It's In The Blood


A bush breeder named Boof, an American sire with a name barely known to anyone, a battle for survival on the first day of life – for a foal still suckling from its dam two years later – a frantic dash to the border before a Covid closure, a court case and a Group 1 triumph.

Just where do you start, in the story of Oakleigh Plate winner Queman (Mint Lane)?

It starts out back, at New Crown Station, one of those cattle properties the size of a European country. It’s 3,500 square miles, or two million acres, and has the South Australia-Northern Territory border running through it.

Boof Smith, now 76, was raised there in a family that, like most in those parts, dabbled in racehorses, and were regular winners of the region’s most coveted prize, the Oodnadatta Cup.

“There were four stations where everyone knew the good horses came from, and we were one of those,” Smith tells It’s In The Blood. “My dad, Robert, used to go to Adelaide and bring back a stallion or two to put to the mares.”

One was the perfectly-named Bush Playboy, by Philanderer, who sired one or two of New Crown’s ten Oodnadatta Cup winners between the 1960s and the ‘90s.

“One time Dad brought back three grey sires. One was Arise, and he sired Mr. Rise, who won the Balaklava Cup in 1974,” Smith says of a gelding who was also sent on a Melbourne Cup mission only to fall agonisingly short of requirements in a lead-up race.

These were tough horses. They had to be, for the track rating out there was somewhere way beyond firm. Out there they race on the gibber plain, which would be a great name for a racing panel show, but is also a barren landscape like the Mars Rover might photograph, covered in rocks, or ‘gibbers’.

“We were racing on the rocks, sometimes half the size of your fist,” Smith says, confirming stone bruises were something of an occupational hazard.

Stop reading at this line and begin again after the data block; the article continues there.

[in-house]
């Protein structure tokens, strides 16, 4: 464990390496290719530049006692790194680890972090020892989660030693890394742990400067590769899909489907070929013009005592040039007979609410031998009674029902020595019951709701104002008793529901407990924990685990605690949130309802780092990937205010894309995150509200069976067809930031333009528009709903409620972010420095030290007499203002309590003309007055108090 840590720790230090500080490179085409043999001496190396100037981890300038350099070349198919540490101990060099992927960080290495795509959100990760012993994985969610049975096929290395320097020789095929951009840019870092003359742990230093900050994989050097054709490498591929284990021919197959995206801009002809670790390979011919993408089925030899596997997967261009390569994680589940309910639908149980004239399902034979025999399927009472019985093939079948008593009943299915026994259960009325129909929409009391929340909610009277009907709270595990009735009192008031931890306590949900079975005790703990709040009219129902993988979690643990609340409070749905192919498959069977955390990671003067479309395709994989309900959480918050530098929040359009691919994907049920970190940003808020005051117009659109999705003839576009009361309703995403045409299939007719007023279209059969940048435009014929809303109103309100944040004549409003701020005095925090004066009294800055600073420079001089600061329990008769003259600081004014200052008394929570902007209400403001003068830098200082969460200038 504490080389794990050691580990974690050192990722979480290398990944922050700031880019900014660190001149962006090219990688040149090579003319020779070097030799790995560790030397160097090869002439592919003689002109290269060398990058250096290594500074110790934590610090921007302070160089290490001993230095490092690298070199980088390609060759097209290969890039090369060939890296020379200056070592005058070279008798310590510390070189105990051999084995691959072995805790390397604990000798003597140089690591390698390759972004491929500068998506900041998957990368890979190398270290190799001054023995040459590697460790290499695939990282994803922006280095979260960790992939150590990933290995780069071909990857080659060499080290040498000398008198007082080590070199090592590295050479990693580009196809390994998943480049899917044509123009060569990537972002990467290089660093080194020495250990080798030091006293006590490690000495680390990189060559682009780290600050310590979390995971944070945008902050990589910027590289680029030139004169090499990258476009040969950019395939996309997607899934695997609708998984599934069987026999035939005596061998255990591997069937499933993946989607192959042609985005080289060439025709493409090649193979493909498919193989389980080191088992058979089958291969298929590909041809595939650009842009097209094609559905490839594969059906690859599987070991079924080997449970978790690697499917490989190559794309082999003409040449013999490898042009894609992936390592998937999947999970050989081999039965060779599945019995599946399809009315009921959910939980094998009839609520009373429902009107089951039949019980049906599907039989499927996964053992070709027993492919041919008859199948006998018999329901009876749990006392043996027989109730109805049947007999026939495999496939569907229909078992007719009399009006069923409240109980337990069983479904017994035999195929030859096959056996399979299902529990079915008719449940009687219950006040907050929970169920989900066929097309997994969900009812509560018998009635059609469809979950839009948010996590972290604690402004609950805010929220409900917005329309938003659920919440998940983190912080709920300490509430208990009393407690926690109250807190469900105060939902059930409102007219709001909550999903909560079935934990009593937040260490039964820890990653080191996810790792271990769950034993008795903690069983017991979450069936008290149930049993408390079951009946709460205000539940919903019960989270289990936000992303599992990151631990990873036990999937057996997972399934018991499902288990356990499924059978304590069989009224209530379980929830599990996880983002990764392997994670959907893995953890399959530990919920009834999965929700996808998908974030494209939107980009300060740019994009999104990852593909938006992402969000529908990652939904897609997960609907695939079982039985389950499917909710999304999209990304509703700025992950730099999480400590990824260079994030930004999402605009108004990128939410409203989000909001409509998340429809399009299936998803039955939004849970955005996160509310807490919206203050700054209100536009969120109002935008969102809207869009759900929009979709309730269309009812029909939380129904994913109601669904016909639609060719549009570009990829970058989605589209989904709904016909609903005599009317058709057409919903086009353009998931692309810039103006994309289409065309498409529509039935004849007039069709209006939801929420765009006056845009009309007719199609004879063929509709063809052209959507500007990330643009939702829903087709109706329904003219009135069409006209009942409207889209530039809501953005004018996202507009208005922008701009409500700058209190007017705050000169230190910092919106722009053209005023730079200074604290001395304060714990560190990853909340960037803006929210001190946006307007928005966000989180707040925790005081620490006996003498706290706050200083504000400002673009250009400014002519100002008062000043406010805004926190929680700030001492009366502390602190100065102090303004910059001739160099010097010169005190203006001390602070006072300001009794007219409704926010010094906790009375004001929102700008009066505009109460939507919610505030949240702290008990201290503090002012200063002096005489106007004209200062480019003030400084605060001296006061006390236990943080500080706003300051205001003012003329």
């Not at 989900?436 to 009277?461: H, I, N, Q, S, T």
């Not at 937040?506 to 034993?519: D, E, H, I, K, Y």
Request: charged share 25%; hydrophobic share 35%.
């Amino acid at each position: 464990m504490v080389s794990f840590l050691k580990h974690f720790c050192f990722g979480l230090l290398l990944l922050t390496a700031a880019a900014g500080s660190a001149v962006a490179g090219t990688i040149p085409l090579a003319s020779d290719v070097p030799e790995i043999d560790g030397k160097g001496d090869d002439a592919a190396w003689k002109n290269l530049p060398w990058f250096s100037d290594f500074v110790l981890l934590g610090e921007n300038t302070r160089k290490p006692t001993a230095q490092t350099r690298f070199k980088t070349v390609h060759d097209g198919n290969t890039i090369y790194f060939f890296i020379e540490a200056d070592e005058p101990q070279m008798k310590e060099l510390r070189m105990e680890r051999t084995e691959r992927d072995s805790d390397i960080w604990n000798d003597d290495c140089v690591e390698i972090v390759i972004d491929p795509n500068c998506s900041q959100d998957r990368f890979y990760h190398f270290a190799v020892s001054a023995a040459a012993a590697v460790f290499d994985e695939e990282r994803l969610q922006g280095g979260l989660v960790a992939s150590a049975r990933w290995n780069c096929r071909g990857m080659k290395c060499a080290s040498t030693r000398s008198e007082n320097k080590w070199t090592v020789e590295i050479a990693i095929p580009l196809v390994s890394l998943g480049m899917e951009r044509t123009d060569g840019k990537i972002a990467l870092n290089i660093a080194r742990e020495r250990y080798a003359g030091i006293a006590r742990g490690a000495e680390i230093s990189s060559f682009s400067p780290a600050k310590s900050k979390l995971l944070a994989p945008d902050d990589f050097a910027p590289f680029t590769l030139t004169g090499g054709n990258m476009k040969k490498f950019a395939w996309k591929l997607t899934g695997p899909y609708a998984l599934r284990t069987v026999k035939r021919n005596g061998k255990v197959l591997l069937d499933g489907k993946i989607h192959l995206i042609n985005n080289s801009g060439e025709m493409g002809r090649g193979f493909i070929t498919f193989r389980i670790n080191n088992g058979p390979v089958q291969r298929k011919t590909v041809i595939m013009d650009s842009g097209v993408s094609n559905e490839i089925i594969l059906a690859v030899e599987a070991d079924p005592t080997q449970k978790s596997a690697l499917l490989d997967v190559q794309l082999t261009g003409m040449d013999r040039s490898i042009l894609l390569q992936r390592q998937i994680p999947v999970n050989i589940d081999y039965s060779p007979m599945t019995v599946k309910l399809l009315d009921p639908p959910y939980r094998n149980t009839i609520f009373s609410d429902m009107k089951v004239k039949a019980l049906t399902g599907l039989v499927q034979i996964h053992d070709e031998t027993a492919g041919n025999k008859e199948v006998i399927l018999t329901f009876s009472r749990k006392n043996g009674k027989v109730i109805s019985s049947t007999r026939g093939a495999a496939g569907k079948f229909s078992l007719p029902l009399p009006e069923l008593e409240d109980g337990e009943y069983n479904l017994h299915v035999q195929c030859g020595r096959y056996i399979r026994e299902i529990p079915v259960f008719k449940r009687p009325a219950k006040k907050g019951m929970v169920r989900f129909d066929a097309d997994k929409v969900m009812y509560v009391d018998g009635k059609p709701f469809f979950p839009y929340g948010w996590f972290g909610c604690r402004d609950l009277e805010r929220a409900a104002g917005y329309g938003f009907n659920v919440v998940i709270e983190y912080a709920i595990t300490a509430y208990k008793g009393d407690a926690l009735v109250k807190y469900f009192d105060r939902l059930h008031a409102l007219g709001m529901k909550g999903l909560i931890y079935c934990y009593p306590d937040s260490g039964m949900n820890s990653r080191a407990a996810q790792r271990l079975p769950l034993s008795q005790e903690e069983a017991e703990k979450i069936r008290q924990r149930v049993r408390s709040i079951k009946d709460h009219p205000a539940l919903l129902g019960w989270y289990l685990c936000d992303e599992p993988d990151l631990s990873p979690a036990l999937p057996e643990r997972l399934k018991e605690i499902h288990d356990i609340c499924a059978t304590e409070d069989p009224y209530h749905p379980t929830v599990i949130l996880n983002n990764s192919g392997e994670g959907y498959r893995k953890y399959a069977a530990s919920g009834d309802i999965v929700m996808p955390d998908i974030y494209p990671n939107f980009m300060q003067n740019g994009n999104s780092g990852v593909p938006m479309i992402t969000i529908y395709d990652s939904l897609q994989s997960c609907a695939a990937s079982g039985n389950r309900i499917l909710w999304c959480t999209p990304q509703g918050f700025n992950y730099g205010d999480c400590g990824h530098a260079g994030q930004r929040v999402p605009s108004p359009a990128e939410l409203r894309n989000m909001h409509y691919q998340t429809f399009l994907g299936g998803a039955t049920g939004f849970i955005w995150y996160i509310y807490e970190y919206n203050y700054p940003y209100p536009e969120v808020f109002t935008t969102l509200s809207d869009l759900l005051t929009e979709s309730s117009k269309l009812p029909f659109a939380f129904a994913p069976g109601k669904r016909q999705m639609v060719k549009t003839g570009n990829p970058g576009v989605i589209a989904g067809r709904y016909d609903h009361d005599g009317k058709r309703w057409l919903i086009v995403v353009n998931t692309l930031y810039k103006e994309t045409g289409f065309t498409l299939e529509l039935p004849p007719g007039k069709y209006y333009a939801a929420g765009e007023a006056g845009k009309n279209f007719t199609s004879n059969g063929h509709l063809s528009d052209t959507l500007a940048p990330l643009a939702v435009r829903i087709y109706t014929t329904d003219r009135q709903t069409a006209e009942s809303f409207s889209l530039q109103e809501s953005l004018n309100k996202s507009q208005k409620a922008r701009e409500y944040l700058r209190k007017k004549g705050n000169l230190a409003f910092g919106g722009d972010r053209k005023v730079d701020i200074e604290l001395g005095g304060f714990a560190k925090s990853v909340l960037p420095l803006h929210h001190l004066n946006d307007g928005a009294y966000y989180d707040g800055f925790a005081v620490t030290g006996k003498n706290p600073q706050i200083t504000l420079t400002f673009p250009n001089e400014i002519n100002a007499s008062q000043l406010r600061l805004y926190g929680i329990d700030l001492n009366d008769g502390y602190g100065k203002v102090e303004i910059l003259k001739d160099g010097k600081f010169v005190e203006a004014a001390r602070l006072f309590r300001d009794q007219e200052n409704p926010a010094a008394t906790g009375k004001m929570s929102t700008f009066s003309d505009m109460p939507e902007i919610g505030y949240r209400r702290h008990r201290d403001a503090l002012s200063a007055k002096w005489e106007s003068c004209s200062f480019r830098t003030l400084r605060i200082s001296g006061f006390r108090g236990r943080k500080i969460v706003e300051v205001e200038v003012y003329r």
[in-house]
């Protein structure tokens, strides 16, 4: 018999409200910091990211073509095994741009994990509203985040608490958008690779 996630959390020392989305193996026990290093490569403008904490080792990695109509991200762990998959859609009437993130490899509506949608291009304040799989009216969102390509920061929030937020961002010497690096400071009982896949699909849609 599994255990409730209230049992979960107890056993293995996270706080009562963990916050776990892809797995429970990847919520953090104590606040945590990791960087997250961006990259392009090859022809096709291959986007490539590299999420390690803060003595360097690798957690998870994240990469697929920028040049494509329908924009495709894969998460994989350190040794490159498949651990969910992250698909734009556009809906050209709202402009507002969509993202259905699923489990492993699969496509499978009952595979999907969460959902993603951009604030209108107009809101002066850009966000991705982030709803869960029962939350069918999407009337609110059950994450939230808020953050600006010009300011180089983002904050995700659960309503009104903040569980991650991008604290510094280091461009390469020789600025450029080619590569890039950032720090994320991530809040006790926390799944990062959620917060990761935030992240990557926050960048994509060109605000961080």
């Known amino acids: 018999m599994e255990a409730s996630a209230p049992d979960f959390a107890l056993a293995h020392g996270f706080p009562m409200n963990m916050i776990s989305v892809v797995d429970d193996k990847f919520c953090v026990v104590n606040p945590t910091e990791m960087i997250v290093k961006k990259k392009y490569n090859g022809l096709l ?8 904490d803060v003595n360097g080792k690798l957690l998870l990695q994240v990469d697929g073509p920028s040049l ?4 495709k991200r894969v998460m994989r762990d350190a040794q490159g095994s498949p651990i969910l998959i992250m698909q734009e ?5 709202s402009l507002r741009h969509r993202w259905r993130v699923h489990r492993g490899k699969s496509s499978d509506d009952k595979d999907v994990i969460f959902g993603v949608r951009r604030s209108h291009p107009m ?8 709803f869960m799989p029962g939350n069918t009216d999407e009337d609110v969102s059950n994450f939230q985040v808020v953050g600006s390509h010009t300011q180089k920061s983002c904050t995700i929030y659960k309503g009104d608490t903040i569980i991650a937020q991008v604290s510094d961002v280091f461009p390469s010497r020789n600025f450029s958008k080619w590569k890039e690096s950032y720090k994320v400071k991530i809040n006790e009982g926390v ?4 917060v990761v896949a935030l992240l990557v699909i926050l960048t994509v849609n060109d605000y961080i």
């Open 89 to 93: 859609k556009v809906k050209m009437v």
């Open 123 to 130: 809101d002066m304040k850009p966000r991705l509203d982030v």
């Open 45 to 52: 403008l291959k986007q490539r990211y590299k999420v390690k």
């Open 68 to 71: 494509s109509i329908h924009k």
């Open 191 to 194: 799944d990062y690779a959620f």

When Queman’s trainer Shane Oxlade called Saturday’s Oakleigh Plate a triumph for the battlers, the five-year-old gelding’s breeder was front and centre. Some Group 1 winners are bred by one or another Sheikh Mohammed, Lord Lloyd-Webber or the Aga Khan. Here was Queman, bred by Boof Smith.

He was named in the traditional way – by another Aussie bloke, full of all the sensitivities surrounding the joy of new birth you can imagine.

“My mum brought me back from hospital and my uncle Rollo took one look at me and said, ‘Jeez, he’s a boof-headed bastard!’” says Smith, part of a proud line of Australian sporting Boofs, including Queensland trainer Mark “Boof” Currie, cricketer Darren “Boof” Lehman, and doubtless thousands of other similarly bonced Aussies who achieved no fame.

“My real name’s Francis, but I don’t like it. I introduce myself as Boof.”

Boof bought New Crown from his father several decades ago, and around 2000 sold it on to his own son, Matt, and moved to just outside the idyllic town of Strathalbyn, south-east of Adelaide. He bought a place one 10,000th the size of his old one – 200 acres – and continued hobby breeding and training. Matt sold New Crown on four years ago, and has a place near Young, NSW, where Boof keeps his two mares.

“I don’t miss life up on the station very much at all really,” says Boof, who ends most comments with a laugh. At the moment, it’s easy to see why.

Soon after moving south, he became involved with a mare named Nilreen (General Nediym) with his friend and next door neighbour Tom Hardy, a local bank manager. On the track, Nilreen had racked up a picket fence, of sorts: 11: 1-1-1.